Groundwater is that portion of water beneath the surface of the earth that can be collected with wells, tunnels, or drainage galleries, or that flows naturally to the earth’s surface via seeps or springs[19]. Price[20] defined groundwater as water in the saturated zone that is below the water table. Groundwater pollution caused by agricultural activities is a serious problem in many regions of the world. Phillips and Burton[21] expressed concerns that surface-applied fertilizers such as Di-Ammonium Phosphate (DAP) and potassium chloride (KCl) may be contributing to a decline in local groundwater quality under pine tree planted on sandy soil. High rates of N fertilizer used in the production of continuous corn have resulted in excessive nitrate-N leaching in groundwater which frequently exceeded the maximum contamination level of 10 mg L-1[22]. Babiker et al.[23] investigated the nitrate contamination of groundwater by agrochemical fertilizers in Central Japan using geographical information system and found that the nitrate concentration of groundwater under vegetable fields was significantly higher than those under urban land or paddy fields. The adverse health effects of high nitrate levels in drinking water are well documented[24-26]. The most well known are methemoglobinemia, gastric cancer and non-Hodgkin’s lymphoma. While the usual level of ammonium (NH4+) ion does not pose a direct risk to human health, a high NH4+concentration may suggest the presence of more agricultural contaminants, such as pesticides. Furthermore, in aerobic condition, NH4+ may be transformed to nitrate (NO3) via nitrification[27]. Since groundwater is an indispensable water resources for human consumption especially in developing countries and the fact that eventually contaminants in the groundwater will be discharged into the river or streams which is also a source of drinking water, most authors referred to the drinking water standard guidelines as a baseline to assess the contamination level[27-29]. WHO[30] has set a maximum admissible limit in drinking water for NO-3N as 10 and NH-4N as 0.5 mg L-1. While there is little evidence that K in drinking water is detrimental to human health, an increase in K+ concentration in groundwater may lead to a breach of the drinking water limit of K+ of 12 mg L-1[30,31].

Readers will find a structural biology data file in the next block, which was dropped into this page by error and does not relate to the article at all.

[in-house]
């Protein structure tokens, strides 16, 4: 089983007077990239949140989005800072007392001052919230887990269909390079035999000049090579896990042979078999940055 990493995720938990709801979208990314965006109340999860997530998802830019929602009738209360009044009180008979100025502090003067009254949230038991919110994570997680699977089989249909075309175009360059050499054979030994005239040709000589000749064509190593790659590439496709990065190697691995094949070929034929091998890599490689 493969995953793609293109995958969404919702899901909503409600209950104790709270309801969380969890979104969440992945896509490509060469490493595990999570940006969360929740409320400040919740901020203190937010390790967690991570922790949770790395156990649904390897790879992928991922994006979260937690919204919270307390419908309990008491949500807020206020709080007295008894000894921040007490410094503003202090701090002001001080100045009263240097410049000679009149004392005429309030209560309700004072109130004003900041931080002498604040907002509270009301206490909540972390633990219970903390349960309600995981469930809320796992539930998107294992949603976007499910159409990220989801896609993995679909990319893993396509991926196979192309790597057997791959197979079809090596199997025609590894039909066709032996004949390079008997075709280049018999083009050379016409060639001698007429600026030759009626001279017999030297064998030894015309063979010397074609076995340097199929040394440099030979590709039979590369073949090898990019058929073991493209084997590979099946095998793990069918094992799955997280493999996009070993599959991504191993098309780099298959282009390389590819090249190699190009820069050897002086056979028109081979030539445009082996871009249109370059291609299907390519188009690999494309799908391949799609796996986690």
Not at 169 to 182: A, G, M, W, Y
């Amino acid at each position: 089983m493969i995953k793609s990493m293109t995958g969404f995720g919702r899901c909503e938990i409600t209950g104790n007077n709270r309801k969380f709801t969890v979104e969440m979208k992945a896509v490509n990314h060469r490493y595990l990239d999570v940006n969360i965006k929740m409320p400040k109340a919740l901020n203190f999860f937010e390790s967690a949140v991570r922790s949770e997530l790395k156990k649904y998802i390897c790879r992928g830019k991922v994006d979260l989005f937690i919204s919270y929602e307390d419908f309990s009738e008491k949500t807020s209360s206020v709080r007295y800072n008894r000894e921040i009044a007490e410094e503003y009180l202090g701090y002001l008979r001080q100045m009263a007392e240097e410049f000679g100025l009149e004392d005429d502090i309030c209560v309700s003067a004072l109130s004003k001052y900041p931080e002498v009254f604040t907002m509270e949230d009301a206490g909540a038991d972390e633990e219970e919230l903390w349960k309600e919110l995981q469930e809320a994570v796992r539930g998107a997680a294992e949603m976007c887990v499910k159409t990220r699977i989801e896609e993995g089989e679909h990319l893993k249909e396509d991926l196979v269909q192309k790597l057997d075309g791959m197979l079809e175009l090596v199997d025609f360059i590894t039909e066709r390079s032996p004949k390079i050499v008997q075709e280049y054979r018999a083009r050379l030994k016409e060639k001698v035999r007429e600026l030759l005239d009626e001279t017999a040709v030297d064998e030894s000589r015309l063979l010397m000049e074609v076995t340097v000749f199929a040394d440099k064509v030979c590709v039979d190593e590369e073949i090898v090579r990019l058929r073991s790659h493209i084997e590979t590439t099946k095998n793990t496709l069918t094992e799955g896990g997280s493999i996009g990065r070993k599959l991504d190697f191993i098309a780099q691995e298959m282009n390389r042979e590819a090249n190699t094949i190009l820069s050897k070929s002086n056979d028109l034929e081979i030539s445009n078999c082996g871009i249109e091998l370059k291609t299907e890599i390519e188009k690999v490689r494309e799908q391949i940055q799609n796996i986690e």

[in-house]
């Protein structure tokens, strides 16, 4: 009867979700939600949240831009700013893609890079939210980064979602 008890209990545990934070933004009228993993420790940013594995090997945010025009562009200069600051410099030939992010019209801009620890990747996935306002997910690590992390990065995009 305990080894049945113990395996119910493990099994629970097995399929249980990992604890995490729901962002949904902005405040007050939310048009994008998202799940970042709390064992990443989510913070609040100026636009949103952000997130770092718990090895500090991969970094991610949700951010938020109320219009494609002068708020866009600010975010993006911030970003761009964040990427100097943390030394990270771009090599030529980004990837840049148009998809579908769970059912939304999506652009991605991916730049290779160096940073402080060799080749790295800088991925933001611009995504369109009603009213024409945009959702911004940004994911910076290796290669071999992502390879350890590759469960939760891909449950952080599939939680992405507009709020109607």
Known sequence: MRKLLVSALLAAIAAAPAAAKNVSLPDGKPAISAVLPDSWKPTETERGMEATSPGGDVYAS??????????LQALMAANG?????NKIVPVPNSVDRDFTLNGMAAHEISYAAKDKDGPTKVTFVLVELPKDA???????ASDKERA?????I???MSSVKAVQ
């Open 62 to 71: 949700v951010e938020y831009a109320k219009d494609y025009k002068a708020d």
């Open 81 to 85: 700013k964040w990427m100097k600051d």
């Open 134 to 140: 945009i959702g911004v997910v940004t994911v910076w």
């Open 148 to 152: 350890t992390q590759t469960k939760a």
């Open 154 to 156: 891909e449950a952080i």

Schroth et al.[32] studied the spatial pattern of oil palm root system and concluded that in the absence of roots in the inter-tree spaces between the palms, nitrate would eventually be leached out of the soil profile and into the groundwater. Although various studies on groundwater contamination due to fertilization in different crops have been explored, there is still very little information on the effect of fertilization on groundwater quality in the oil palm plantation especially in Malaysia.

The economic success of the oil palm plantation may be the first concern, but it is now essential to determine the potential impact of fertilization in agriculture on the environment as a way of showing that the plantation company is involved in agricultural practices, which is sustainable, both economically and environmentally. In view of this, a study was carried out to study the downward movement and leaching of N and K nutrients as well as groundwater quality as affected by fertilizers during the monsoon period in Sabah, Malaysia.